The Etosha Pan on Earth and Ontario Lacus on Titan in comparison. (c) JPL / NASA / ESA / LPG Nantes
Read Outline The outline of Lake Ontario Lacus on Saturn's moon Titan roughly resembles a footprint? as well as the Etosha pan, a mostly dry salt lake in northern Namibia. The similarities between the two lakes extend far beyond the outer shape, report researchers Thomas Cornet in the journal Icarus: Also the hydrocarbon-filled lake on Titan is in an extremely shallow pool, is partially dried and with a layer of solid particles covered by the evaporation of methane and ethane. Ontario Lacus, the largest lake in the southern hemisphere of Titan, was named after Lake Ontario in North America because they are about the same size. Otherwise, the two namesake but not much in common. The main difference: Ontario Lacus is not filled with water, but with the hydrocarbons methane, ethane and propane. Titan has developed a cycle of these substances, which is very similar to the water cycle on Earth. Cornet and his colleagues were now analyzing Ontario Lacus recordings and measurements made by the Cassini spacecraft using various instruments.

They discovered small channels in the surface both on optical images and on radar images on the southern edge of the Titan lake. So far, planetary scientists had suspected that this part of the lake is filled with liquid. But Cornet and his colleagues now assume that the lake is only about half filled. "The areas in the south are probably the permanent lake bottom, " says Cornet. Around the lake, the researchers found deposits that resembled a flood plume. This shows that the fluid level must have been higher in the past.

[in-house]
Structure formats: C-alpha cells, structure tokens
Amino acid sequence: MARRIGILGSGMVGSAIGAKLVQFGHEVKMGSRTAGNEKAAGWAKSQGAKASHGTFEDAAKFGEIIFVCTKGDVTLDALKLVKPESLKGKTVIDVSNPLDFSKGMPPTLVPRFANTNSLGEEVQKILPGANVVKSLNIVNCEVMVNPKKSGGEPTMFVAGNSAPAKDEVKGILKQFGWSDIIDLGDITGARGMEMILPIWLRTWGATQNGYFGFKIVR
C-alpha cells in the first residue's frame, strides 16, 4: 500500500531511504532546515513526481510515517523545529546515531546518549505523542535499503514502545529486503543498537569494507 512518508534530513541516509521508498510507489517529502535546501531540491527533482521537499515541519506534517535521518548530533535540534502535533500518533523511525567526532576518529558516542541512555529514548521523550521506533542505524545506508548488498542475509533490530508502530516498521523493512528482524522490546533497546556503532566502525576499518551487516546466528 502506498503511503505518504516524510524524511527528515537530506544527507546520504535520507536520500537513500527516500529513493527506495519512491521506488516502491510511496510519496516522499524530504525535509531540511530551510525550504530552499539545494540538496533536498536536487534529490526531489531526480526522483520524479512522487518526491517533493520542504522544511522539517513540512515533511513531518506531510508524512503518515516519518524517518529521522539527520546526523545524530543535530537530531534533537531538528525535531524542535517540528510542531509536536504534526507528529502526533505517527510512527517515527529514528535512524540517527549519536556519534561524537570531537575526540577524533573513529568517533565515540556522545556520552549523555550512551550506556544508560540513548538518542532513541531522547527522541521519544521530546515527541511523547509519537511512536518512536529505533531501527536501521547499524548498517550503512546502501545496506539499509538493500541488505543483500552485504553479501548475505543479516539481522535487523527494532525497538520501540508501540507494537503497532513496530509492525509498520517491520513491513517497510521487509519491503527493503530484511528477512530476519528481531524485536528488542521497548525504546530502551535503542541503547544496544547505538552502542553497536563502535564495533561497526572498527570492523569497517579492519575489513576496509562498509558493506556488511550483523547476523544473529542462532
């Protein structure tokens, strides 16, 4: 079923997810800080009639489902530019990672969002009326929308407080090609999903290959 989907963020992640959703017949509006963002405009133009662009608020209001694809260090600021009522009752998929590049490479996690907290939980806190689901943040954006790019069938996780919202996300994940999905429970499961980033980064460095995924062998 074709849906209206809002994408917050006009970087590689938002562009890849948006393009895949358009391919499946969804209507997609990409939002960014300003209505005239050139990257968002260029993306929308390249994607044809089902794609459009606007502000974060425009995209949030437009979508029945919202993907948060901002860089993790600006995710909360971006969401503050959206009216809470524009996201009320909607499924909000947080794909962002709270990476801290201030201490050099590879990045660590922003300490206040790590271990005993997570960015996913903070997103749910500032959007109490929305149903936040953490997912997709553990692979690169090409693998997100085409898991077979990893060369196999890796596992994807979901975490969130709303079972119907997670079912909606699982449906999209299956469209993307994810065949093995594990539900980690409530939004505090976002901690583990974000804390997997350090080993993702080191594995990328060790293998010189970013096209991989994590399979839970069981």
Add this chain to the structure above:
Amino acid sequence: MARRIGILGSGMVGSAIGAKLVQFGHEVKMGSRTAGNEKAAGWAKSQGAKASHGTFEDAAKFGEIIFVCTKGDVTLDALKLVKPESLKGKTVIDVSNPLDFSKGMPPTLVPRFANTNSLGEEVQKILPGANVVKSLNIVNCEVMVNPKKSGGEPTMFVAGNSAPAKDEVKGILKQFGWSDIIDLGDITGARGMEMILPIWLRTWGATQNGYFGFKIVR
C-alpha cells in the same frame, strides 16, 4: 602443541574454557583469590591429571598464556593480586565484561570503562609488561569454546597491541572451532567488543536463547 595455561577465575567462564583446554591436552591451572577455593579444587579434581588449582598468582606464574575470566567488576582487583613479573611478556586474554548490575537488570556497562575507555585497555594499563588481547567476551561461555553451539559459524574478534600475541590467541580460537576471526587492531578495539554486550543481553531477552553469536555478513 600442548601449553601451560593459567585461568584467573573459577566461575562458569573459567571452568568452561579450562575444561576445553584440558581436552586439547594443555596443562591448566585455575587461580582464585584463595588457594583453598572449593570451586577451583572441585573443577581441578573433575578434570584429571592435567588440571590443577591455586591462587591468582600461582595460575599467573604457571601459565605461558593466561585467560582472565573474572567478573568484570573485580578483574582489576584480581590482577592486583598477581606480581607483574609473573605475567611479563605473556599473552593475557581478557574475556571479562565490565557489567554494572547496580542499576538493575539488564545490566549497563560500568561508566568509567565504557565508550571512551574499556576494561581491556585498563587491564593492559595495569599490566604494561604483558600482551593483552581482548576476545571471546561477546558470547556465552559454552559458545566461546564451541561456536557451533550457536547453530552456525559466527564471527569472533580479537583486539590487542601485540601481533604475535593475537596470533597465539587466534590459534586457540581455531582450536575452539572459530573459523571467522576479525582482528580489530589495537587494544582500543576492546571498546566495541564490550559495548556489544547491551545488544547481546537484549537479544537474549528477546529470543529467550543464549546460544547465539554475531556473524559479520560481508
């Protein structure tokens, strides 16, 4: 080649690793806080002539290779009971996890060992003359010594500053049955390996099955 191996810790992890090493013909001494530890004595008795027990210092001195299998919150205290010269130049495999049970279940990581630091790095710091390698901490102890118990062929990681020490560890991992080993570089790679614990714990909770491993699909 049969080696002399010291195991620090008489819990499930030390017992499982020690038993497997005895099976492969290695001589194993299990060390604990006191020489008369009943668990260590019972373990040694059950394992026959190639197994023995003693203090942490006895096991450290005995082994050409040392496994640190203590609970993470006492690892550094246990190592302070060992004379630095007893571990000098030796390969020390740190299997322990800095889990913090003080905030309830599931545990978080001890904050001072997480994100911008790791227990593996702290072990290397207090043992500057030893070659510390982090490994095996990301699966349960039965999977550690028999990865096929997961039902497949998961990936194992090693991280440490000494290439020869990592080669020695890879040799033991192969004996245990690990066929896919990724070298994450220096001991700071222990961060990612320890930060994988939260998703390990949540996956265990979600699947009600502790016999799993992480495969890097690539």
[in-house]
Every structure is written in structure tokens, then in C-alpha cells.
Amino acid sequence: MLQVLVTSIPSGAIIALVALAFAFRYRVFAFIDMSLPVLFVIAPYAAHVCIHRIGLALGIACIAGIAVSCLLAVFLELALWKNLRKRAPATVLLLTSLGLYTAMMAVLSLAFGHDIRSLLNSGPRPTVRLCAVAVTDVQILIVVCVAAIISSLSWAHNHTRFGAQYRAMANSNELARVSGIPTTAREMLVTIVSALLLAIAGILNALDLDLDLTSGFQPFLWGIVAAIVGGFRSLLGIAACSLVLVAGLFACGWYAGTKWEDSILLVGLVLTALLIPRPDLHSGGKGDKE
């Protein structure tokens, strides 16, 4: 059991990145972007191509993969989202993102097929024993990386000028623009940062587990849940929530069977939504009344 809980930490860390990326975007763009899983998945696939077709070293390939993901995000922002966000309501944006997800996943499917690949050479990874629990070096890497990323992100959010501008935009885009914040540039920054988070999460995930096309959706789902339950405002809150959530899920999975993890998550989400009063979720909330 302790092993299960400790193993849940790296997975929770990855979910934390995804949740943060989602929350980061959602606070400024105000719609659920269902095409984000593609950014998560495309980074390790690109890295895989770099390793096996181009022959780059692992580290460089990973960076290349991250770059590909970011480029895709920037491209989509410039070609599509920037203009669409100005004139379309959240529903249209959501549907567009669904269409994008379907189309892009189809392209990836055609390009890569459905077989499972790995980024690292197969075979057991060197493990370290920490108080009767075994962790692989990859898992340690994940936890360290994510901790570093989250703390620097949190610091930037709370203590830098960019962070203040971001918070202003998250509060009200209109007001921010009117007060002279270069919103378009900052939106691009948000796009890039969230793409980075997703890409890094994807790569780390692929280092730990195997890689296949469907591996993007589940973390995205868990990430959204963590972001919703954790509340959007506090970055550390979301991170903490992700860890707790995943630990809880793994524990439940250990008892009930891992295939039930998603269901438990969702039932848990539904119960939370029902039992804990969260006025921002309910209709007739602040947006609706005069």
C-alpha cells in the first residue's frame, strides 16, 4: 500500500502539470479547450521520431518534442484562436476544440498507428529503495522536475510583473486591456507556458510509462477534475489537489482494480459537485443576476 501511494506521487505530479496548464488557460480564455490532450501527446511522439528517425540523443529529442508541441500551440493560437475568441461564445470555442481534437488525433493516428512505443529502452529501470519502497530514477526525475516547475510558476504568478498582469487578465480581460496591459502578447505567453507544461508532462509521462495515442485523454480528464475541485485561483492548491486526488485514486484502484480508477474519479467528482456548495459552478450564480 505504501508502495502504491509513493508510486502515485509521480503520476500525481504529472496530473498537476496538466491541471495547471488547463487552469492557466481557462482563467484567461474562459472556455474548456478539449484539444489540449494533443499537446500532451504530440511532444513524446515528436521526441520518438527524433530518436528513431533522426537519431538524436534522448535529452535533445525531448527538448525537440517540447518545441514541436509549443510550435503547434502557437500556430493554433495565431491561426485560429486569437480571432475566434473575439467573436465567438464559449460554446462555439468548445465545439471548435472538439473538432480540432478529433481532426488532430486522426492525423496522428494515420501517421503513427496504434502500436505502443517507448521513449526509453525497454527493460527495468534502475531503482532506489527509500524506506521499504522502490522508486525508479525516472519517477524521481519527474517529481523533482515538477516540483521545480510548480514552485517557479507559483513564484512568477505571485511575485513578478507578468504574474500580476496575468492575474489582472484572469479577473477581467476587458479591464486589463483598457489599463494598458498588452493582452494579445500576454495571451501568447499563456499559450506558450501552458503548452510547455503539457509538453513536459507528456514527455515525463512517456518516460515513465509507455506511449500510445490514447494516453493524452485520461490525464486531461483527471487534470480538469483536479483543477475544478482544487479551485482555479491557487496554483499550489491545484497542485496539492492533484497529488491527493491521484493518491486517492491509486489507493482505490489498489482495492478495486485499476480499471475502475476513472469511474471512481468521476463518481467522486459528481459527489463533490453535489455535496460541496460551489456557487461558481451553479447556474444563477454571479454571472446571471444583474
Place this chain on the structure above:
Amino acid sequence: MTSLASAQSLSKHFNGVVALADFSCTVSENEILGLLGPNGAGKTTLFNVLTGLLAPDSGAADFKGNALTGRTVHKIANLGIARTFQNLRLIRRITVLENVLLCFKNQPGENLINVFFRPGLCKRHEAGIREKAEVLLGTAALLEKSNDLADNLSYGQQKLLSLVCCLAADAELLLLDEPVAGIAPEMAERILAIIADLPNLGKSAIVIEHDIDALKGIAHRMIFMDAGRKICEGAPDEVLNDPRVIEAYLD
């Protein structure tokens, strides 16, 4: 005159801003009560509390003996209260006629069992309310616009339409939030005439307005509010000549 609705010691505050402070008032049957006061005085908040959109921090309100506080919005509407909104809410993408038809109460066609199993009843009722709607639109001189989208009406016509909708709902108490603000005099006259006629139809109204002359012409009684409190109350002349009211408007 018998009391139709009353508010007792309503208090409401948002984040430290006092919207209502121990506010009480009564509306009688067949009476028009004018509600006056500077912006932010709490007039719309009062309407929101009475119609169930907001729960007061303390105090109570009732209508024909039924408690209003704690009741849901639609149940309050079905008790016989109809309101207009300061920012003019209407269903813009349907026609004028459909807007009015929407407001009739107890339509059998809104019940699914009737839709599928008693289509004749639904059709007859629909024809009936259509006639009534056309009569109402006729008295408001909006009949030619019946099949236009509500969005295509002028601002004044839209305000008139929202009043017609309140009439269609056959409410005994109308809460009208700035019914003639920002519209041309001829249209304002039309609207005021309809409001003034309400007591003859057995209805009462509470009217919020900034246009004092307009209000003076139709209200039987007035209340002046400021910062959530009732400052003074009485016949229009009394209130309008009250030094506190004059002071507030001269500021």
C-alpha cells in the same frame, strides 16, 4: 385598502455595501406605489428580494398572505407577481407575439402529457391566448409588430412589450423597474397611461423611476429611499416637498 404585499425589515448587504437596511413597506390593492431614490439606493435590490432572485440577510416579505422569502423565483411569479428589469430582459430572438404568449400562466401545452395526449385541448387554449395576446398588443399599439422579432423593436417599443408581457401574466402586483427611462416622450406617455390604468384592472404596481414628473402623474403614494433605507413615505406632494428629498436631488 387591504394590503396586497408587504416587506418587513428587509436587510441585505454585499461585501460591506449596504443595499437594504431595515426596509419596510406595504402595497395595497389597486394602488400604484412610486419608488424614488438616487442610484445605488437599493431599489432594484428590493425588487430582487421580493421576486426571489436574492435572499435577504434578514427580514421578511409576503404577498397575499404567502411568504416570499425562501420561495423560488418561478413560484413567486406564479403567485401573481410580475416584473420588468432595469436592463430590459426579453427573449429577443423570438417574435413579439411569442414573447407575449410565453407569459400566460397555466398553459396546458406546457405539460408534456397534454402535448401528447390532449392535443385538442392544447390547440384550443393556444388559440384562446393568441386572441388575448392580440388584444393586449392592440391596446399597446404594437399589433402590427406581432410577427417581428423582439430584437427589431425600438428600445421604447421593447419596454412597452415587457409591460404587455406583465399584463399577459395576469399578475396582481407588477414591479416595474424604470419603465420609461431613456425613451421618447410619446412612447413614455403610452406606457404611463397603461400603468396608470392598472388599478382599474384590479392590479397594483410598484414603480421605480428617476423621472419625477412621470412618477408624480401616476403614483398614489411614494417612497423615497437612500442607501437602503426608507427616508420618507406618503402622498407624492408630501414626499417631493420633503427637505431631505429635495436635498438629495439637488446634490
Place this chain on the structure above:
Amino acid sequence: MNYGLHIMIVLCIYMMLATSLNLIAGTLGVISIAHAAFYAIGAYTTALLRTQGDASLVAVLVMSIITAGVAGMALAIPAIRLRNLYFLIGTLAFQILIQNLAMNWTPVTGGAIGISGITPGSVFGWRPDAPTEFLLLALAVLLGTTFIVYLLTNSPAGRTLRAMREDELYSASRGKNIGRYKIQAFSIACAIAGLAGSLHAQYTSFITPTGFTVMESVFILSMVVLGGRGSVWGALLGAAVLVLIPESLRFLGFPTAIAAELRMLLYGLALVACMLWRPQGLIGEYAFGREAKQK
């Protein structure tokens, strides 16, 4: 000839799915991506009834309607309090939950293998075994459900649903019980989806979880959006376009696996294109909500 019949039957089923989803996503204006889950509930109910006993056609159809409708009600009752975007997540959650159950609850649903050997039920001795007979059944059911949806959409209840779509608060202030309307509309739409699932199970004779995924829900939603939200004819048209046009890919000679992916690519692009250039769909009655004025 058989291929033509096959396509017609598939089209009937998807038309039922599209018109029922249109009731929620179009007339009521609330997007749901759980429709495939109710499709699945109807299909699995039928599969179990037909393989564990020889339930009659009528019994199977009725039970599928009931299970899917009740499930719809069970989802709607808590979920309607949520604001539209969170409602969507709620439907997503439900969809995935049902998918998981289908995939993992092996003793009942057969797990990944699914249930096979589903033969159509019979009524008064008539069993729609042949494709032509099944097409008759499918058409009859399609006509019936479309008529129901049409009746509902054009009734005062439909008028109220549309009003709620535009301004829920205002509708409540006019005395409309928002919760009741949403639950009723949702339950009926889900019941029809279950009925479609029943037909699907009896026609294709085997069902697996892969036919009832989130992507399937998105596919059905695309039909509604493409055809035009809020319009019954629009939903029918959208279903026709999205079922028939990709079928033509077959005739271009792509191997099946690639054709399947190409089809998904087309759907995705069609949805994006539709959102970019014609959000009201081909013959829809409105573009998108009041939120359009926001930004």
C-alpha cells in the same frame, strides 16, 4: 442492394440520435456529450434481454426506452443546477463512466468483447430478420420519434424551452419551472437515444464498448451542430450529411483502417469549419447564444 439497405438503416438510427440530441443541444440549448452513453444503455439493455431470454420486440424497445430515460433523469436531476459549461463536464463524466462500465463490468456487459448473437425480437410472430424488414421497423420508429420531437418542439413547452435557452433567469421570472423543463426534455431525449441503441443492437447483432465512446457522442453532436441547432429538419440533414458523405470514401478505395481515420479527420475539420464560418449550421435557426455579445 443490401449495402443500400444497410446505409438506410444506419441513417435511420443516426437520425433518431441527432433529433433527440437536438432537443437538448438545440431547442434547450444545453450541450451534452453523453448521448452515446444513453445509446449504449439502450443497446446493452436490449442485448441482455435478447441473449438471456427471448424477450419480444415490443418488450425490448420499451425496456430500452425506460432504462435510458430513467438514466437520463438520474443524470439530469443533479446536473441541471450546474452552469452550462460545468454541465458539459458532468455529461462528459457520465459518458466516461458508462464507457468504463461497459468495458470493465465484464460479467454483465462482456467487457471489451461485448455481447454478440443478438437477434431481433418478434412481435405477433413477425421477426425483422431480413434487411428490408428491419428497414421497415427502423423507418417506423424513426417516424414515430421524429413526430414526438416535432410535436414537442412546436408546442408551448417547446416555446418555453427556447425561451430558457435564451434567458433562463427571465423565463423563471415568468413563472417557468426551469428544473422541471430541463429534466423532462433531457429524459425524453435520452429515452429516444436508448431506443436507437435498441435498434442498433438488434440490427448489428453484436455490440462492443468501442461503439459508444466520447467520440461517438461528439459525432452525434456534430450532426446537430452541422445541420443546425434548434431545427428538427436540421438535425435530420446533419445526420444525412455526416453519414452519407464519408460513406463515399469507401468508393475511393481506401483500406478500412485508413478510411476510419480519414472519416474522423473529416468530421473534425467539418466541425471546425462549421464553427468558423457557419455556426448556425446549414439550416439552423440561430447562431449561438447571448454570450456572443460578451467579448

As the researchers write, the Etosha Pan in Namibia is the best earthly counterpart to Ontario Lacus. The barren salt lake is usually dried out, but in damp years, the groundwater level rises and fills the shallow basin of the Etosha pan a few decimeters high with water. When the liquid evaporates again, a light salt crust will be left behind. Also Ontario Lacus fills in the opinion of the researchers with Flüssigket from the soil. Since it is not about water, but about hydrocarbons, so-called alkanes, the researchers do not speak of an aquifer (in technical terms aquifer), but of an alkanofer. Instead of bright salt, however, a dark material deposits on the dried-up soil of Ontario Lacus, presumably organic substances from the atmosphere that can dissolve in the lake.

Thomas Cornet (Université de Nantes) et al .: Icarus, Vol. 218, No. 2, p. 788, doi: 10.1016 / j.icarus.2012.01.013 wissenschaft.de - Ute Kehse Anzeige

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